Daily Dot: YouTube ads are rife with coronavirus conspiracies—from the same right-wing site

Daily Dot: YouTube ads are rife with coronavirus conspiracies—from the same right-wing site. “Others have complained about Epoch Times’ coronavirus ads in the past. An April 25 complaint on the company’s support page asked, ‘Why are you allowing “Epoch Times” to spread Alex Jones level conspiracy theories about COVID-19??!?’ But it’s not just YouTube; Epoch Times is all over the web. It presents itself as a new conservative publication, little different than the Breitbarts and Daily Wires of the world. But the more you look, the less that image holds up.”

New York Times: How the ‘Plandemic’ Movie and Its Falsehoods Spread Widely Online

New York Times: How the ‘Plandemic’ Movie and Its Falsehoods Spread Widely Online. “Just over a week after ‘Plandemic’ was released, it had been viewed more than eight million times on YouTube, Facebook, Twitter and Instagram, and had generated countless other posts. The New York Times focused on the video’s spread on Facebook using data from CrowdTangle, a tool to analyze interactions across the social network. (YouTube and Twitter do not make their data as readily available.) The ascent of ‘Plandemic’ was largely powered by Facebook groups and pages that shared the YouTube link.”

How to fight the COVID-19 infodemic: lessons from 3 Asian countries (World Economic Forum)

World Economic Forum: How to fight the COVID-19 infodemic: lessons from 3 Asian countries. “What makes the current pandemic more dangerous than any before is that the spread of rumours and false information on the internet is even faster than that of the coronavirus itself. Sylvie Briand, director of the WHO’s Infectious Hazard Management department, could not have better emphasized the need for governments to battle this parallel yet more vicious outbreak – that of the ‘infodemic’, or information epidemic.”

EurekAlert: Researcher repurposes social networking models to predict COVID spread

EurekAlert: Researcher repurposes social networking models to predict COVID spread. “Since the COVID-19 epidemic began, there has been plenty of opportunity to observe how a vast array of truths, half-truths, and falsehoods can flare up and spread like wildfire across social media, swirl around, and just as quickly get buried and forgotten. It could serve as a fascinating case study for CSL and computer science professor Tarek Abdelzaher, who for years has studied how information propagates through social media. But he and his students Chaoqi Yang and Ruijie Wang have taken a big step further. They recognized that the dissemination of information through a population of online users is closely analogous to the transmission of a virus through a population of flesh-and-blood human beings, and that realization has inspired them to repurpose their information propagation models to predict COVID-19 spread. Furthermore, they have made the findings available to the public on an interactive website.”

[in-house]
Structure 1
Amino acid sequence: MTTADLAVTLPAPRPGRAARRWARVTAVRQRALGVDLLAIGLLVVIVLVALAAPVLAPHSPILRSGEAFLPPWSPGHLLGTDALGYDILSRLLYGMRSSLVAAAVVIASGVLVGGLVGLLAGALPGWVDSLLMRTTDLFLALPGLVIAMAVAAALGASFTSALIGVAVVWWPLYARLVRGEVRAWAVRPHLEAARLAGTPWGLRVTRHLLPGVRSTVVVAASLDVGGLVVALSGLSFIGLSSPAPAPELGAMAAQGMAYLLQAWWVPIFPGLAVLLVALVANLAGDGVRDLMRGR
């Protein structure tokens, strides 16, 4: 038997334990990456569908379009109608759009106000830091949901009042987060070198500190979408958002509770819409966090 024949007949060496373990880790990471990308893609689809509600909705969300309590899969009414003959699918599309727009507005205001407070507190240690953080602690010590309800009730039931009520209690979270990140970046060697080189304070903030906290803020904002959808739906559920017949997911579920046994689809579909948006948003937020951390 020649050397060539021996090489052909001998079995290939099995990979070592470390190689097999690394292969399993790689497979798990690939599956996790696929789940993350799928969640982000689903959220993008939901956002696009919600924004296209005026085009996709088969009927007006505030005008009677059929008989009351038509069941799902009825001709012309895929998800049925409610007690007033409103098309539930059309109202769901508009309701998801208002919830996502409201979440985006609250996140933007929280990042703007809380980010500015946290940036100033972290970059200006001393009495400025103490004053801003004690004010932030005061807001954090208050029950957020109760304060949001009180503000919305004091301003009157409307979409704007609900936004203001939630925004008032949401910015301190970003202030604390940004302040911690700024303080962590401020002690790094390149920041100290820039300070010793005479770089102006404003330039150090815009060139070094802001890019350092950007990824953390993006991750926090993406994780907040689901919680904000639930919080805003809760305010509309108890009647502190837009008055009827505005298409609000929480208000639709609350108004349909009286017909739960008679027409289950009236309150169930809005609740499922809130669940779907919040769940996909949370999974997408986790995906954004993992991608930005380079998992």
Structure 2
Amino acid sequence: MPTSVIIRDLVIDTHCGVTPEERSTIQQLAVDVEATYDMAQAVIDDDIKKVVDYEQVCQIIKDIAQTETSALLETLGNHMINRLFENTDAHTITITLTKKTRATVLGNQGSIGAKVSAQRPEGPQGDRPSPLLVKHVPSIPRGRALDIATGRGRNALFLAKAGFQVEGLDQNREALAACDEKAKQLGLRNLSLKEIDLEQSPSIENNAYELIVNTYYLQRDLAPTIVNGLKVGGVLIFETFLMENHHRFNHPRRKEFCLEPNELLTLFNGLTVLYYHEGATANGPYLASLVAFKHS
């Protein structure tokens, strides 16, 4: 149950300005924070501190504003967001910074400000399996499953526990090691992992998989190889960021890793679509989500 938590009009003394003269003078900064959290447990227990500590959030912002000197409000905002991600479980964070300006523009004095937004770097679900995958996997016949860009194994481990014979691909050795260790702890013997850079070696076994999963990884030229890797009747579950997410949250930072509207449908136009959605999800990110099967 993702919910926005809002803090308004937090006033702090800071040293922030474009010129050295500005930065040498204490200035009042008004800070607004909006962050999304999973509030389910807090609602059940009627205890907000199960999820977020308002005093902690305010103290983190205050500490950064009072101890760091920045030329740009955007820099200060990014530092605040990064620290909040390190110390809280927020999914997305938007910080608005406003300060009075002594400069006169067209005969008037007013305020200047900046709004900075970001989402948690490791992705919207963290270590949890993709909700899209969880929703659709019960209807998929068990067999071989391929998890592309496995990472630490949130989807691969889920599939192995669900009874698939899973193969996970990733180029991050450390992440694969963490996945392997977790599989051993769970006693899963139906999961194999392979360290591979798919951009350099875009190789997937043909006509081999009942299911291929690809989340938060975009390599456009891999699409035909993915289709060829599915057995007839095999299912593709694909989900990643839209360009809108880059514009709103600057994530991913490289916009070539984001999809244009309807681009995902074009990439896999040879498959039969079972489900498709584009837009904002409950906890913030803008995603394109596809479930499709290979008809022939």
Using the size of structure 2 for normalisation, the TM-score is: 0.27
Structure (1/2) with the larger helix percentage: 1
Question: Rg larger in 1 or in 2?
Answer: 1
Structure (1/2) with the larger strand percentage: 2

CNET: How you talk about coronavirus actually impacts its spread

CNET: How you talk about coronavirus actually impacts its spread. “[Vicky Chuqiao] Yang and other researchers argue anecdotes like this show just how complicated the spread of COVID-19 is. Beyond coughs and contaminated surfaces, its movement also depends on the spread of information through the media and online, which can change human behavior and the trajectory of the epidemic.”

Slate: WhatsApp Limits Message Forwarding to Curb the Spread of Coronavirus Rumors

Slate: WhatsApp Limits Message Forwarding to Curb the Spread of Coronavirus Rumors. “On Tuesday, WhatsApp announced that it will impose strict limits on forwarding messages. It’s part of the messaging service’s push to slow the spread of false information about the coronavirus.”

Social media, spreading contagion: Twitter and Facebook are making the coronavirus pandemic worse (New York Daily News)

New York Daily News: Social media, spreading contagion: Twitter and Facebook are making the coronavirus pandemic worse. “It’s not news that social media platforms like Twitter and Facebook can be hotbeds of rumor and misinformation. Spend anytime online, and there’s a friend of a friend retweeting some implausible bit of Kardashian news. But the COVID-19 pandemic is showing that information on social media is particularly unreliable, a crapshoot of so-called advice that can have disastrous effects on public health. ”